A breif introduction of Transcendentalism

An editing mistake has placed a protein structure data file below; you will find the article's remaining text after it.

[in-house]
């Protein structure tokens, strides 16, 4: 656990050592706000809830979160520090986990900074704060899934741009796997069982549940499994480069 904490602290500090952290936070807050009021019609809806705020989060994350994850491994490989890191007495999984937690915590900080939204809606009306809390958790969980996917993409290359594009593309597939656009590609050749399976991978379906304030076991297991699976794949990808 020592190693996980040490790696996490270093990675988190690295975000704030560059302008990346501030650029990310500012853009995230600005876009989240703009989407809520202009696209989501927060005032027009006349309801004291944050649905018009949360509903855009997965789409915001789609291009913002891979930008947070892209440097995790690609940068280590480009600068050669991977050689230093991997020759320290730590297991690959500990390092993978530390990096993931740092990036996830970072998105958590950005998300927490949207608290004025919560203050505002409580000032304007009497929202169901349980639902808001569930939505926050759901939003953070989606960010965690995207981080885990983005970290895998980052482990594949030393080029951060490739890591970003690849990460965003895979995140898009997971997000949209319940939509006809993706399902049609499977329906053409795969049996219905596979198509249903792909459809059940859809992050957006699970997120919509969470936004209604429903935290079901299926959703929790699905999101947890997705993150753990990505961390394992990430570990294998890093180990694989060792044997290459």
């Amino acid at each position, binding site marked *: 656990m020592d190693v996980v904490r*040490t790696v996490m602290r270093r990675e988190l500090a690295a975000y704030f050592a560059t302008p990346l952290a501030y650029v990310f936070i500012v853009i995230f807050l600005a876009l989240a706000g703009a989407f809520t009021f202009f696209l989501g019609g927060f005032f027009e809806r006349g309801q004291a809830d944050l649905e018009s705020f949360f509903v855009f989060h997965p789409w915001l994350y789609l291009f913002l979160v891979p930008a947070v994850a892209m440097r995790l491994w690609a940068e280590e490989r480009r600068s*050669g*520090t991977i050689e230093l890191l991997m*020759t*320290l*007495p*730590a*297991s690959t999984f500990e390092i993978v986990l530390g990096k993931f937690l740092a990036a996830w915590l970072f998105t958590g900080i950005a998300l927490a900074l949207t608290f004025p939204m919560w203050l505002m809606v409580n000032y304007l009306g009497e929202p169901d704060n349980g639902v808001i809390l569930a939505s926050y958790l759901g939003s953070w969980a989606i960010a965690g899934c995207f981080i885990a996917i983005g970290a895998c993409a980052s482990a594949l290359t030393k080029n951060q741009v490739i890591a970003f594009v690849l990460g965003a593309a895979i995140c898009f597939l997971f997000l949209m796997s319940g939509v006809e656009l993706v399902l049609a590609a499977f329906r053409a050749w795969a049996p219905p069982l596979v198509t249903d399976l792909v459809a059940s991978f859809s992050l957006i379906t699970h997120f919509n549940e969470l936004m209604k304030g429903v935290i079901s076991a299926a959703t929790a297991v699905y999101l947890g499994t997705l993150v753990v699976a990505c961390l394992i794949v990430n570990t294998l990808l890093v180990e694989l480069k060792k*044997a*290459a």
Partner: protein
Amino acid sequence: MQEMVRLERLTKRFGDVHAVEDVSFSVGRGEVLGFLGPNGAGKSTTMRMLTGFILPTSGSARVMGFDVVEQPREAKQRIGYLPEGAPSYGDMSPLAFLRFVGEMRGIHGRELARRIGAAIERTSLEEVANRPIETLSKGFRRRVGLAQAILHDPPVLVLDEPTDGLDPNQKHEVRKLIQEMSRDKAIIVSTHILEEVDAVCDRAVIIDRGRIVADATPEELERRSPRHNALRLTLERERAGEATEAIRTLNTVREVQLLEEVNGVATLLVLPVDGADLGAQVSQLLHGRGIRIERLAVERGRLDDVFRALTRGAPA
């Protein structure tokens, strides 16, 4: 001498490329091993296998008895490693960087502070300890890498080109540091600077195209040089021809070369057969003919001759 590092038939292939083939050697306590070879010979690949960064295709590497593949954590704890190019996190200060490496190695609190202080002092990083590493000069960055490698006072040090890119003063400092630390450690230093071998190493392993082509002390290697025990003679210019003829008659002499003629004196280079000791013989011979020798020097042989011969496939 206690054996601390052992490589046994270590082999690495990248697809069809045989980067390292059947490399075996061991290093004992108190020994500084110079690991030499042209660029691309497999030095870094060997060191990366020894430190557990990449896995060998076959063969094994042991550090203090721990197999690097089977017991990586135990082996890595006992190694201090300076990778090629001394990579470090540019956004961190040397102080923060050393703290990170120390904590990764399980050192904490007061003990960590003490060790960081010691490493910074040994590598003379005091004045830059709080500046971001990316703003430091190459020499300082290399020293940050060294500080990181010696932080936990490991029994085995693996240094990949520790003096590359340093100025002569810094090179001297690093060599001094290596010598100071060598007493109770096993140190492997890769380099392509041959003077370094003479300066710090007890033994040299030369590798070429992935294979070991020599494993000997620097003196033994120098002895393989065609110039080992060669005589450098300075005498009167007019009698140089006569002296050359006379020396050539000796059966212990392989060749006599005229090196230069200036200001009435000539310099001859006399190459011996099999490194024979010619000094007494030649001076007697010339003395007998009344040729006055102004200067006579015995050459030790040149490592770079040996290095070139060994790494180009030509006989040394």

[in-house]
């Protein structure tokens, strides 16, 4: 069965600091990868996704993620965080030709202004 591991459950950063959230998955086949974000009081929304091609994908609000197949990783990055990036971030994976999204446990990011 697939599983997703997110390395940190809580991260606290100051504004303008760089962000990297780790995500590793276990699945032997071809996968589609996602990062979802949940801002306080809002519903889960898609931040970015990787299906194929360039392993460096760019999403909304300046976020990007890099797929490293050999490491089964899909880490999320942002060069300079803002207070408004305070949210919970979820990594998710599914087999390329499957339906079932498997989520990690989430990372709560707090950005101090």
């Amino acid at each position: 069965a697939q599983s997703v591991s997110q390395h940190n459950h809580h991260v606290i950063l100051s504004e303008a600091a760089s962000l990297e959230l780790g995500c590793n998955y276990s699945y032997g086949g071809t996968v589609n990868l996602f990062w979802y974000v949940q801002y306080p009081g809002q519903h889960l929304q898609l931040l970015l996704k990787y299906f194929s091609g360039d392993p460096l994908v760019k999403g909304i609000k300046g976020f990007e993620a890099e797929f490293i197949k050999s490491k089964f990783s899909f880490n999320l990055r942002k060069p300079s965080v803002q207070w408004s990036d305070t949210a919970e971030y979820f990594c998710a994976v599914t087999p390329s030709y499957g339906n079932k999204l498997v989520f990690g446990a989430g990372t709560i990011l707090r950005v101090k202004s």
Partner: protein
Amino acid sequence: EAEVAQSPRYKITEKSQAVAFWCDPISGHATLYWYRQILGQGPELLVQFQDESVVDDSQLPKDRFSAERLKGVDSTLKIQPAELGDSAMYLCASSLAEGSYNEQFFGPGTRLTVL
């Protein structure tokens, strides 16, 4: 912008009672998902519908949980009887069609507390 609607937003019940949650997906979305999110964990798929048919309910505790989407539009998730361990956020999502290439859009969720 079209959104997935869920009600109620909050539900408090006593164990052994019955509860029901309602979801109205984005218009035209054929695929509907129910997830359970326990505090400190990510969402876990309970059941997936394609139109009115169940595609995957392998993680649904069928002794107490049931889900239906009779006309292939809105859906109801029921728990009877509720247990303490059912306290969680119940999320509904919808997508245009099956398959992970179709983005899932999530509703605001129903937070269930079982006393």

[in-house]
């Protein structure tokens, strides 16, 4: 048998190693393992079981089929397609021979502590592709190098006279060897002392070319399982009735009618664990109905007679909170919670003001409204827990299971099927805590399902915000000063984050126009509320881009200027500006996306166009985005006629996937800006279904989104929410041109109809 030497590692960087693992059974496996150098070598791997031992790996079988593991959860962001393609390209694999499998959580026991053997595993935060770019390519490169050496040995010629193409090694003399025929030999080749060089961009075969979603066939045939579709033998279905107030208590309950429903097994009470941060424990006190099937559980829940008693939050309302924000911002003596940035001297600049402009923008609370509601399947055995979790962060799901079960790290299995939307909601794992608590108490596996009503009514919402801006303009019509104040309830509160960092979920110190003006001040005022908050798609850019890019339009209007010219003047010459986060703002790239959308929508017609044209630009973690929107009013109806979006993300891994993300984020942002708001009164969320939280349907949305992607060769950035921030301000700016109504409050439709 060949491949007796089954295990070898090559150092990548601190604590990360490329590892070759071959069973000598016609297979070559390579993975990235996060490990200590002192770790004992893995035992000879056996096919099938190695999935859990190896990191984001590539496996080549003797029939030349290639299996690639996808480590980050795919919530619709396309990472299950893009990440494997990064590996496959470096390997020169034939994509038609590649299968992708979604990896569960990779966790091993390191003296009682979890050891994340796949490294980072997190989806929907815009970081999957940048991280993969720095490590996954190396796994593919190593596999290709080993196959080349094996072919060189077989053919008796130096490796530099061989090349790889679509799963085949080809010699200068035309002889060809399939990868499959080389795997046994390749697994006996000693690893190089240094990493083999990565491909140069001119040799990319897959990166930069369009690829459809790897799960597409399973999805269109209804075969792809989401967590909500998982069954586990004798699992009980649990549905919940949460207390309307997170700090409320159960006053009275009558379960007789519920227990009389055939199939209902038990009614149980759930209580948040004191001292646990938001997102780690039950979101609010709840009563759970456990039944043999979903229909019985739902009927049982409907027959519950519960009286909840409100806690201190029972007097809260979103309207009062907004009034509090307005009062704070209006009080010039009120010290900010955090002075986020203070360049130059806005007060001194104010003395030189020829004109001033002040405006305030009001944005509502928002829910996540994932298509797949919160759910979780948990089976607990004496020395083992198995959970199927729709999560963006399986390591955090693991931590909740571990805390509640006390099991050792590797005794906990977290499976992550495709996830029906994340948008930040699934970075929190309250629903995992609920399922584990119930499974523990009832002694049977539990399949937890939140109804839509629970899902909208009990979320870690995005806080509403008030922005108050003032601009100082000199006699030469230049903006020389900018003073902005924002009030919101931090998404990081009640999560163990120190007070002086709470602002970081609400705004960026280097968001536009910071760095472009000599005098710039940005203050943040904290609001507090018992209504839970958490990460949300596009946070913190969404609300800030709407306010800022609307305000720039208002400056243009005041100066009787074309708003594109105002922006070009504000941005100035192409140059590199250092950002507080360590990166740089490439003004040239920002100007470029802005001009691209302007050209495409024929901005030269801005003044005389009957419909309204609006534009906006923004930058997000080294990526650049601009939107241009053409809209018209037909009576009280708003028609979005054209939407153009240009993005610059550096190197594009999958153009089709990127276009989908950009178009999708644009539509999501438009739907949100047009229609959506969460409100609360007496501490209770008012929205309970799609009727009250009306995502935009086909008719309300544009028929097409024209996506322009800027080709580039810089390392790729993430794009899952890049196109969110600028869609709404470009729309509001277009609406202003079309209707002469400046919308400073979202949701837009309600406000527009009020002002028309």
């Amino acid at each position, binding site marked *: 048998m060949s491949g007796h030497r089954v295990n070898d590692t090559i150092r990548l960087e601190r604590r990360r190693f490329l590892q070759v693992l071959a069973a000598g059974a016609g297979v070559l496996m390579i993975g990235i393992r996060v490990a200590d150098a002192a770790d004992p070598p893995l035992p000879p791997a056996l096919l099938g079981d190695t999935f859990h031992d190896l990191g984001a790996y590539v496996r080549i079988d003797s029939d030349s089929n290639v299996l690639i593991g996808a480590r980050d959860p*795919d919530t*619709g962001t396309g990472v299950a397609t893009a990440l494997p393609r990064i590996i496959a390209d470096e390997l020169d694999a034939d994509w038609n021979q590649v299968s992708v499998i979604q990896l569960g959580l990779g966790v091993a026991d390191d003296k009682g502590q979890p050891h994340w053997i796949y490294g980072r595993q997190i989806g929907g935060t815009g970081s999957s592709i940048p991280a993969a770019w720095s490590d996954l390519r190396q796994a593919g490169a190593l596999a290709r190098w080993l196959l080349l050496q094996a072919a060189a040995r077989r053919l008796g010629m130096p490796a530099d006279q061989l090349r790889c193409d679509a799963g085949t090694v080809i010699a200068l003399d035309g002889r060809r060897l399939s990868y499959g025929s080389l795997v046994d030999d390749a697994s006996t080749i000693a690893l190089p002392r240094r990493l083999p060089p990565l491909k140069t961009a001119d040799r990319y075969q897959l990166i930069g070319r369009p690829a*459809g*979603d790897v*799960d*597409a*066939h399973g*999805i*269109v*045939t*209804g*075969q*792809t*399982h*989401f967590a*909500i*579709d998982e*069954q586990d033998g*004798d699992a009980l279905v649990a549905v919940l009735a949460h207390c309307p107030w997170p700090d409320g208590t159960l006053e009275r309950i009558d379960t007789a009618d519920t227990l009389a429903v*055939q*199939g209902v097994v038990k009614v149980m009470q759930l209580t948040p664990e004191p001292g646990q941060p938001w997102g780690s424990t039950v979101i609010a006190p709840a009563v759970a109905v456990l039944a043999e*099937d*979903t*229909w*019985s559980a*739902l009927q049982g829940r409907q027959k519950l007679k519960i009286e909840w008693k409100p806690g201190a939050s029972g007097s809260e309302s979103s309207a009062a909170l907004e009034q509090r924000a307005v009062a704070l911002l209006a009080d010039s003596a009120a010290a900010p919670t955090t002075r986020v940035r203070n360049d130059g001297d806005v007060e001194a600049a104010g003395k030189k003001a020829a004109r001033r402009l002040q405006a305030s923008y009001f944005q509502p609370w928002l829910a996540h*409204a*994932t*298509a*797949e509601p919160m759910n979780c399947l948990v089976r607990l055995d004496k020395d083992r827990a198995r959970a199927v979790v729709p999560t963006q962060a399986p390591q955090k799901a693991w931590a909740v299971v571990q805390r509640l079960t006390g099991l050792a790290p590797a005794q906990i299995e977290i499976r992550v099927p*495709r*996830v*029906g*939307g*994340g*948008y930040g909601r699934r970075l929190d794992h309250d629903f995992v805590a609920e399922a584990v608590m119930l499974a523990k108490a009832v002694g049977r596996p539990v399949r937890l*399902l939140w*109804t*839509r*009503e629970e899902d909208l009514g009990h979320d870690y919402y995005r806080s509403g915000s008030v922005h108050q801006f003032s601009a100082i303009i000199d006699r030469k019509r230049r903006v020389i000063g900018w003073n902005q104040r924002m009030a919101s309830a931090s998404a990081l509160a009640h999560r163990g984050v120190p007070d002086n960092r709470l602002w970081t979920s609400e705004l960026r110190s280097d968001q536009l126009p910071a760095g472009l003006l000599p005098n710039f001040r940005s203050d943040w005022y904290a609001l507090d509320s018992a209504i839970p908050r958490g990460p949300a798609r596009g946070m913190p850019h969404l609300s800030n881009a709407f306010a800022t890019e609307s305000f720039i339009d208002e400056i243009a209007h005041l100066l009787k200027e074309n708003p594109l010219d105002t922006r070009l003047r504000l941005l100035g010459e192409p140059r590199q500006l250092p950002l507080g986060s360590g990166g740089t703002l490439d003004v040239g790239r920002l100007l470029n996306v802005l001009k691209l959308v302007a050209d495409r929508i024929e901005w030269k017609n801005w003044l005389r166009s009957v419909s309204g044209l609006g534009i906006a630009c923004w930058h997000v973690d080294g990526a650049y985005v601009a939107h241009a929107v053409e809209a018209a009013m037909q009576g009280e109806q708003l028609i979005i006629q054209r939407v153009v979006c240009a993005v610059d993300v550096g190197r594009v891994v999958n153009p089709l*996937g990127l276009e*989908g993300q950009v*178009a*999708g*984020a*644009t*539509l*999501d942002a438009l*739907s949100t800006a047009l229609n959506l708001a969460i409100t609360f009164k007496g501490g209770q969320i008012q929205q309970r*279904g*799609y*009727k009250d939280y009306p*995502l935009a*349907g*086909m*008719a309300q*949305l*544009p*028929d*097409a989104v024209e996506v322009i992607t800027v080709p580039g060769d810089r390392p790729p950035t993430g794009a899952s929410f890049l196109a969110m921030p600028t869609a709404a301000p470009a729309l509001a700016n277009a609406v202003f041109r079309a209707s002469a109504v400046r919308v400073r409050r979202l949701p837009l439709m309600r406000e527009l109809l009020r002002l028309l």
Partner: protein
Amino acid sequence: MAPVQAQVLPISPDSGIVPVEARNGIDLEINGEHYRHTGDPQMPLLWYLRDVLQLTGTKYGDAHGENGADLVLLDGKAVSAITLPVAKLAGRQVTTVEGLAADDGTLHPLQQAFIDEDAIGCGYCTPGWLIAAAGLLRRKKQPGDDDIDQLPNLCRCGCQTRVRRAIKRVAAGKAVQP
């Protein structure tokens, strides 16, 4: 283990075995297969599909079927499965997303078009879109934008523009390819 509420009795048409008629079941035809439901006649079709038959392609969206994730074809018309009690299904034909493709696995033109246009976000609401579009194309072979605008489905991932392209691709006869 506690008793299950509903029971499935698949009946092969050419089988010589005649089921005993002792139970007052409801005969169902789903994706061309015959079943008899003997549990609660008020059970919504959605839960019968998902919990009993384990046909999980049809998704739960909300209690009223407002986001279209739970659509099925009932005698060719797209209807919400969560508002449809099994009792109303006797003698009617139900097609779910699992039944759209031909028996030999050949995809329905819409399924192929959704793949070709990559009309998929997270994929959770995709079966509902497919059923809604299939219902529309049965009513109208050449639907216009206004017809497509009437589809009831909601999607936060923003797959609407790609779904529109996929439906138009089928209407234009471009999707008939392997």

Transcendentalism was a group of new ideas in literature, religion, culture, and philosophy that emerged in New England in the early to middle 19th century. It is sometimes called American transcendentalism to distinguish it from other uses of the word transcendental. Transcendentalism began as a protest against the general state of culture and society, and in particular, the state of intellectualism at Harvard and the doctrine of the Unitarian church taught at Harvard Divinity School. Among transcendentalists' core beliefs was an ideal spiritual state that 'transcends' the physical and empirical and is realized only through the individual's intuition, rather than through the doctrines of established religions. Prominent transcendentalists included Ralph Waldo Emerson, Henry David Thoreau, Amos Bronson Alcott, Orestes Brownson, William Henry Channing, James Freeman Clarke, Christopher Pearse Cranch, John Sullivan Dwight, Convers Francis, Margaret Fuller, William Henry Furness, Frederick Henry Hedge, Theodore Parker, Elizabeth Peabody, George Ripley, and Jones Very. I take Emerson for typical example. The publication of Ralph Waldo Emerson's 1836 essay Nature is usually considered the watershed moment at which transcendentalism became a major cultural movement. Emerson wrote in his speech "The American Scholar": "We will walk on our own feet; we will work with our own hands; Divine Soul which also inspires all men." Emerson closed the essay by calling for a revolution in human consciousness to emerge from the new idealist philosophy: In the same year, transcendentalism became a coherent movement with the founding of the Transcendental Club in Cambridge, Massachusetts, on September 8, 1836, by prominent New England intellectuals including George Putnam, Ralph Waldo Emerson, and Frederick Henry Hedge. From 1840, the group published frequently in their journal The Dial, along with other venues. The movement...
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